OLYMPIA, Jan. 25.—An estate-tax ruling from the state Supreme Court will cost the state $160 million if the Legislature takes no action, lawmakers were warned by the state Department of Revenue Friday. That’s a bit less than the $300-millionish figure that had circulated widely at the statehouse in recent days, but still enough for alarm in a year when the Legislature doesn’t have an extra nickel.
And it sets up a debate sure to rage in coming weeks as lawmakers try to decide how they might respond – fix the state estate tax? Or just junk it entirely?
The Department of Revenue presented its official estimate Friday during a hearing of the House Finance Committee. The Supreme Court’s decision last October essentially wiped out the state’s ability to collect estate taxes when the surviving partner in a marriage dies, if a commonly used estate-planning tool is utilized. “Marital estates, if properly implemented, would avoid the estate tax completely,” said Drew Shirk of the Department of Revenue.
The decision became final after the Supreme Court rejected a motion for reconsideration Jan. 10, just before the start of this year’s session. It leaves lawmakers to decide whether they want to pass a bill to reimpose the state’s estate tax, which is levied on estates of more than $2 million. The hitch is that a vote to raise taxes would require a two-thirds vote of the House and the Senate, at a time when 10 Republicans have signed onto a bill in the House that would ditch the tax entirely. Which puts the administration of Gov. Jay Inslee in a political pickle in its opening days.
In comments to reporters Thursday, Inslee said it’s not the only difficult decision that has been forced on the Legislature by the Supreme Court – the other, of course, is last year’s ruling in the McCleary case that requires lawmakers to come up with an extra $1 billion or more for K-12 education in the current session. “I think we are all going to have a very thorough evaluation of the ramifications of this decision,”he said. “We know that the McCleary decision requires billions of dollars of investments in public education, and we know that this decision has the capability, perhaps, of diminishing revenues in the tens if not hundreds of millions of dollars.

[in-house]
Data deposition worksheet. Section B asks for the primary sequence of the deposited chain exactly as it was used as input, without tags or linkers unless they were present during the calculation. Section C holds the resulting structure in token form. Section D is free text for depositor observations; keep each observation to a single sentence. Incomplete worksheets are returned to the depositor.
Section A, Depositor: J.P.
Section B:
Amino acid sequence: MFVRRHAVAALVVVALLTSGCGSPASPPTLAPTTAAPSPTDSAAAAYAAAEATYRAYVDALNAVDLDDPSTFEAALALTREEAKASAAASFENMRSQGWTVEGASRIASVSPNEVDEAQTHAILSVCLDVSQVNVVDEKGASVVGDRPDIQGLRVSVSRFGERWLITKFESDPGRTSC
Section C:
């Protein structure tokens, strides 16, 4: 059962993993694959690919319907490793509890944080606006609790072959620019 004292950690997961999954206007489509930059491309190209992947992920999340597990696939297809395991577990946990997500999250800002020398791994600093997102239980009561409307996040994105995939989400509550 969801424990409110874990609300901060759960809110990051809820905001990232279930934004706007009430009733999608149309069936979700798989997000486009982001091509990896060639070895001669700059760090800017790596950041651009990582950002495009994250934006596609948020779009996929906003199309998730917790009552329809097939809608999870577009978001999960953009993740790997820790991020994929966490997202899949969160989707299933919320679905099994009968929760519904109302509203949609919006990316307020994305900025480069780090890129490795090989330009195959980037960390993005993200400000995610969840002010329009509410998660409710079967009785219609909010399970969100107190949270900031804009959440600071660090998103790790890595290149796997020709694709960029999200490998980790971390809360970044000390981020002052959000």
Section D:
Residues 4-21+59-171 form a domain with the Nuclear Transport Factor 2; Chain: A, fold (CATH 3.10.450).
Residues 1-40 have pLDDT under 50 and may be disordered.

“So we all are going to have to take a step back and evaluate what the real ramifications of this real decision are. We have not done that yet. We will be talking about that for the months to come.”
A Common Tool
The decision affects a tax-planning mechanism known as a qualified terminable interest property trust, or QTIP. If a spouse places property in such a trust prior to his or her expiration date, federal taxes are deferred until after the survivor dies. The state also has collected its money at that point. But in its ruling last October, the court said the state didn’t properly account for such trusts when it created a new estate tax in 2005. The ruling affected two estates – that of the late Sharon Bracken and the late Barbara Nelson. But Shirk told the House Finance Committee Friday that the Department of Revenue has been advised by the attorney general’s office it could be applied broadly. Already the state has been getting refund requests from estates that had paid taxes after 2005.
The ruling does not affect taxes paid by the estates of single or divorced persons.
Lawmakers could act to restore the tax and apply it retroactively – meaning that the only two who would benefit from the ruling would be the Bracken and Nelson estates. The state did just that in another big-money case three years ago. An adverse ruling in the so-called Dot Foods case threatened tax collections from every out-of-state company involved in direct sales in the state of Washington, a potential $122 million hit at the time. A retroactive fix was included in that year’s sweeping tax legislation.
But because voters approved Initiative 1185 last fall, requiring a two-thirds vote for any measure that increases taxes, such a measure would require the cooperation of Republicans who are skeptical of any tax measure. Earlier this week, state Rep. Cary Condotta, R-East Wenatchee, one of the sponsors of the estate-tax rollback bill, told Washington State Wire Republicans aren’t about to say yes to death taxes. He said lawmakers also can make things equitable by eliminating the tax.
So how come the numbers changed? When the Supreme Court’s latest ruling came down, buzz in Capitol hallways was that the impact might run as high as $290 million during the 2013-2015 biennium. Department of Revenue spokesman Mike Gowrylow notes the big number wasn’t an official estimate – just the top end of a potential range as the department’s policy staff and attorneys reviewed the court’s rather complicated decision. They concluded that it applied only to QTIP trusts, not to taxes paid by a broader range of taxpayers.